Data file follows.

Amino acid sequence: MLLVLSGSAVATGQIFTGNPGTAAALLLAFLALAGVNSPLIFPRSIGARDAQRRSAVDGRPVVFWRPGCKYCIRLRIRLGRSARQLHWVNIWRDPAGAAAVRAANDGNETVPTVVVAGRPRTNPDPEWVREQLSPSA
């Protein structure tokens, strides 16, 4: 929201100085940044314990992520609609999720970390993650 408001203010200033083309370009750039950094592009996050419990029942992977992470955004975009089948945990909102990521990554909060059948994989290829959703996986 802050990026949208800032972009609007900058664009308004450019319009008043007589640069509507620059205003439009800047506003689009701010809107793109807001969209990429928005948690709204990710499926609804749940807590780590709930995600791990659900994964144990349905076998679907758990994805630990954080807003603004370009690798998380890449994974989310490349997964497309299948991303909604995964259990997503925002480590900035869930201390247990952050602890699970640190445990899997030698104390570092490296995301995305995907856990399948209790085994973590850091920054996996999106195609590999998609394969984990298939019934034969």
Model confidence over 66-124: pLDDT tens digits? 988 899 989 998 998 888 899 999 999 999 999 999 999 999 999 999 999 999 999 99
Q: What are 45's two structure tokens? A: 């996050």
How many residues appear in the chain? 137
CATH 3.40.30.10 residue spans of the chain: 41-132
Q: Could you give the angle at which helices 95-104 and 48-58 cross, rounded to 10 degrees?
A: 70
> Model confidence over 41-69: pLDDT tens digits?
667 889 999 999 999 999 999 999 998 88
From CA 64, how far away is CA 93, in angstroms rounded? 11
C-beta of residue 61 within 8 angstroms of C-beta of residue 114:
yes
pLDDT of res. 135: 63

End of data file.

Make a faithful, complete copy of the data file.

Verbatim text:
Amino acid sequence: MLLVLSGSAVATGQIFTGNPGTAAALLLAFLALAGVNSPLIFPRSIGARDAQRRSAVDGRPVVFWRPGCKYCIRLRIRLGRSARQLHWVNIWRDPAGAAAVRAANDGNETVPTVVVAGRPRTNPDPEWVREQLSPSA
């Protein structure tokens, strides 16, 4: 929201100085940044314990992520609609999720970390993650 408001203010200033083309370009750039950094592009996050419990029942992977992470955004975009089948945990909102990521990554909060059948994989290829959703996986 802050990026949208800032972009609007900058664009308004450019319009008043007589640069509507620059205003439009800047506003689009701010809107793109807001969209990429928005948690709204990710499926609804749940807590780590709930995600791990659900994964144990349905076998679907758990994805630990954080807003603004370009690798998380890449994974989310490349997964497309299948991303909604995964259990997503925002480590900035869930201390247990952050602890699970640190445990899997030698104390570092490296995301995305995907856990399948209790085994973590850091920054996996999106195609590999998609394969984990298939019934034969």
Model confidence over 66-124: pLDDT tens digits? 988 899 989 998 998 888 899 999 999 999 999 999 999 999 999 999 999 999 999 99
Q: What are 45's two structure tokens? A: 């996050």
How many residues appear in the chain? 137
CATH 3.40.30.10 residue spans of the chain: 41-132
Q: Could you give the angle at which helices 95-104 and 48-58 cross, rounded to 10 degrees?
A: 70
> Model confidence over 41-69: pLDDT tens digits?
667 889 999 999 999 999 999 999 998 88
From CA 64, how far away is CA 93, in angstroms rounded? 11
C-beta of residue 61 within 8 angstroms of C-beta of residue 114:
yes
pLDDT of res. 135: 63